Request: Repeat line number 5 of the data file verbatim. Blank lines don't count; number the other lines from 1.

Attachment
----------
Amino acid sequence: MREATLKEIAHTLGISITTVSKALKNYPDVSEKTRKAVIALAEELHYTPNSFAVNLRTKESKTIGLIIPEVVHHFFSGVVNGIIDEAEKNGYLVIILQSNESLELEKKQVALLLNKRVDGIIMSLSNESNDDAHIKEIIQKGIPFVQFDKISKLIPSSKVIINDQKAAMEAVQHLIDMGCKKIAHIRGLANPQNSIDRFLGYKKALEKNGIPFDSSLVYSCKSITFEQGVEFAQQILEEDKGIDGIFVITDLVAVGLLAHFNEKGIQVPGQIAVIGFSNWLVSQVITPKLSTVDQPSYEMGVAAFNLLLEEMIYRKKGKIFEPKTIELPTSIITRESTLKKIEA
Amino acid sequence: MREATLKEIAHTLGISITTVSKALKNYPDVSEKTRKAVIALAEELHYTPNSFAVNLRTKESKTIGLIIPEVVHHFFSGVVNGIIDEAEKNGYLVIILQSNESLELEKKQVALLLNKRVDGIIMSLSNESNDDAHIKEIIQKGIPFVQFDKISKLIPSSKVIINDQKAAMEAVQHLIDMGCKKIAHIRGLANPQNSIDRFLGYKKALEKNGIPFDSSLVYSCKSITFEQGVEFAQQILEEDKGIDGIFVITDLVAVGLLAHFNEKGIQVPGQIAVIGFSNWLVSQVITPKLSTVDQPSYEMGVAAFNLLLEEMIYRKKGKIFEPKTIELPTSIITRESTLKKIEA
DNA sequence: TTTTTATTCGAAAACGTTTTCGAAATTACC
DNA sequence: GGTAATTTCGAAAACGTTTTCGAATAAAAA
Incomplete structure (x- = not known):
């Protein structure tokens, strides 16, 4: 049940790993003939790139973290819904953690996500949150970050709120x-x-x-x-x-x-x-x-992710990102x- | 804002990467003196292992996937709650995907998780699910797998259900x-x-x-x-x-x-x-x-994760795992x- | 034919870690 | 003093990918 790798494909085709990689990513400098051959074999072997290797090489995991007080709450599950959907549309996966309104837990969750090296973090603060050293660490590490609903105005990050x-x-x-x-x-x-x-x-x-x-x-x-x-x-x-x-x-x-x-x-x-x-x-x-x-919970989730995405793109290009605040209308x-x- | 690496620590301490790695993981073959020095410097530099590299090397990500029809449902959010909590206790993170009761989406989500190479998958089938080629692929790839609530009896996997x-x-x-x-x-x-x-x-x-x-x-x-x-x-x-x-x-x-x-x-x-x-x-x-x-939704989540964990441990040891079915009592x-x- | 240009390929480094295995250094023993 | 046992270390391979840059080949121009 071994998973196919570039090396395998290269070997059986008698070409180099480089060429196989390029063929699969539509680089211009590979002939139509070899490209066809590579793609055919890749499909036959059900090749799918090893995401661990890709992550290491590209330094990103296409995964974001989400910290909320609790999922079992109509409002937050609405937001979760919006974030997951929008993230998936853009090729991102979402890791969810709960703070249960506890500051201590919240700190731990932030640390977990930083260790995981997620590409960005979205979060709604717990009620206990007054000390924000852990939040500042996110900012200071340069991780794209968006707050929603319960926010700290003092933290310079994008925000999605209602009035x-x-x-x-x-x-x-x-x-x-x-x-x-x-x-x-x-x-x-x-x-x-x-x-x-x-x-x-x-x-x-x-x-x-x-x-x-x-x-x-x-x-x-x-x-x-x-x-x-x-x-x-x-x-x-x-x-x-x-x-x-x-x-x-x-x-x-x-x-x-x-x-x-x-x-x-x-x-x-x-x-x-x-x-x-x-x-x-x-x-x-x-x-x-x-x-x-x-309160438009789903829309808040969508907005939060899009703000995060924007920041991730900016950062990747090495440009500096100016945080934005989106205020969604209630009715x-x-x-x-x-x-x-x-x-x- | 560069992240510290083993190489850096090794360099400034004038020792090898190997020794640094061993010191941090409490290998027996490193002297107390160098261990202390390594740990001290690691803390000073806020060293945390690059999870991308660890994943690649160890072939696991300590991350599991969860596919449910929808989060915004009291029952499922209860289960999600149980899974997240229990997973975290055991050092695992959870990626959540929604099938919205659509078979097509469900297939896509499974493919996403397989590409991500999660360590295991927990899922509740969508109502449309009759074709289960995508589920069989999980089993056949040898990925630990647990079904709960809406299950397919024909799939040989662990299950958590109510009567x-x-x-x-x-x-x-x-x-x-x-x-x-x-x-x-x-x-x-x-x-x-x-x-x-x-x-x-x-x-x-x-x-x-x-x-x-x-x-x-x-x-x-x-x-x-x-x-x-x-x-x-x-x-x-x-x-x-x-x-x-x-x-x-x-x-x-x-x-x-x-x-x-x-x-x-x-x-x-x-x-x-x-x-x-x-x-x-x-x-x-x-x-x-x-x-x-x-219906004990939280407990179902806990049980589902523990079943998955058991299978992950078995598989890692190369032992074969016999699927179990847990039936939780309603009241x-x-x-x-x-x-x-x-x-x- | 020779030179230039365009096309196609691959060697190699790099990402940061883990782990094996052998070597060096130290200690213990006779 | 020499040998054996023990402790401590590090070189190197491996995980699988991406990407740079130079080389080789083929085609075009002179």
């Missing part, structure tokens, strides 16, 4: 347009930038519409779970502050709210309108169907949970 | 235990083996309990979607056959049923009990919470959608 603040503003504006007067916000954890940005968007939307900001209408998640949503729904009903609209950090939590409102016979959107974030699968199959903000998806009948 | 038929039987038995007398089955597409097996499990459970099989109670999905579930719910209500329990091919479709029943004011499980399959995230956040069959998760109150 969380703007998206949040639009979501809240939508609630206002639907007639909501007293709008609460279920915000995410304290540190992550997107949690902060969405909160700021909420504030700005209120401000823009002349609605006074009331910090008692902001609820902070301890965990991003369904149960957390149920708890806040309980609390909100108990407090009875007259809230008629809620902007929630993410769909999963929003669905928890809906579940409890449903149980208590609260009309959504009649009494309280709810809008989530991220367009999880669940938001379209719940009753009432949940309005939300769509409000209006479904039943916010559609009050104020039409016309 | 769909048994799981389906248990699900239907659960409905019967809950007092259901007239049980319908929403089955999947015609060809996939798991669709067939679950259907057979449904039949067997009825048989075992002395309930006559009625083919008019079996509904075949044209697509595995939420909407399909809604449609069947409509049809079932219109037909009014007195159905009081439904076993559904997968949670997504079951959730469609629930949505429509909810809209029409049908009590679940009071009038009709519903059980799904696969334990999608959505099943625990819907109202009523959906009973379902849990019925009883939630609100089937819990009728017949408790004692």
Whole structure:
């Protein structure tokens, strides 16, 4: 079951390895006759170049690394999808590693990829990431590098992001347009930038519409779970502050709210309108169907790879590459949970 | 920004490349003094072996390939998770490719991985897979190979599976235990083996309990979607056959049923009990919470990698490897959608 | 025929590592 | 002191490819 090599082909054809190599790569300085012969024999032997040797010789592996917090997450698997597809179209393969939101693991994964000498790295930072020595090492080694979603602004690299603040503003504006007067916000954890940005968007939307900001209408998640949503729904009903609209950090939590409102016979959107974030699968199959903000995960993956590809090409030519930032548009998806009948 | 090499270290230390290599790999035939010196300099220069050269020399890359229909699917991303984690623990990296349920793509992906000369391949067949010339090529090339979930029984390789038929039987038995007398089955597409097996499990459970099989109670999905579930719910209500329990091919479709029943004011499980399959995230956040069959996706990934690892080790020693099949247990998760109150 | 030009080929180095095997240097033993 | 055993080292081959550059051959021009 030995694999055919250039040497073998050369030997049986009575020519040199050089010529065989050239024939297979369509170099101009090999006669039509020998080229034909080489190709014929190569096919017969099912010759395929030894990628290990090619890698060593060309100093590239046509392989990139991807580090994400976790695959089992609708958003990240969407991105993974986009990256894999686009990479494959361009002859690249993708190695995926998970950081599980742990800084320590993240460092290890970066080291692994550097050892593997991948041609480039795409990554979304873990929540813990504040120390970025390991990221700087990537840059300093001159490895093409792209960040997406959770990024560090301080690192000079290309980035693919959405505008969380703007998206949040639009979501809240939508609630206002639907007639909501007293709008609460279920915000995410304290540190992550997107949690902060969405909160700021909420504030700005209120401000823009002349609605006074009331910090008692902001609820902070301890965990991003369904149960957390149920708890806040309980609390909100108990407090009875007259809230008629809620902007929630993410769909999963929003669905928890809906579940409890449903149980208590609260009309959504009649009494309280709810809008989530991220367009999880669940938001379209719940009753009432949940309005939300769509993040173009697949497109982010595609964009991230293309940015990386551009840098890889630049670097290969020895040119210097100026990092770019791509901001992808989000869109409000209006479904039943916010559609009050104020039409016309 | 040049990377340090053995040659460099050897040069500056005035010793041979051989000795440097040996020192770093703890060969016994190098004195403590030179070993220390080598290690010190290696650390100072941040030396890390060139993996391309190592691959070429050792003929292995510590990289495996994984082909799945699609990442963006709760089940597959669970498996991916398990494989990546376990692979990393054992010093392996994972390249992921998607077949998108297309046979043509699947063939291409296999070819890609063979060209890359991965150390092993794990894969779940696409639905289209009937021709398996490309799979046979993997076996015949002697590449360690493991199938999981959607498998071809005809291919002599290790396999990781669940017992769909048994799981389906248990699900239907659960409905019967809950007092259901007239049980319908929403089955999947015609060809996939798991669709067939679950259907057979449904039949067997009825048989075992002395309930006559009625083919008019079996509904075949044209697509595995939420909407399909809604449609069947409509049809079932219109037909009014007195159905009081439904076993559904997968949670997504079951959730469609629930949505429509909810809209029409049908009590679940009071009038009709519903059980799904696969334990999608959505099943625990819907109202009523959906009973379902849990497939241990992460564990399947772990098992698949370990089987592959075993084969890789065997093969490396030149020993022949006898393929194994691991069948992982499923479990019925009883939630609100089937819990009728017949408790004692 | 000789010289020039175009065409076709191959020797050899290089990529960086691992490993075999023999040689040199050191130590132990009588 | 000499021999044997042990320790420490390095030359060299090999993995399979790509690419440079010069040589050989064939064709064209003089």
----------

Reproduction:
Incomplete structure (x- = not known):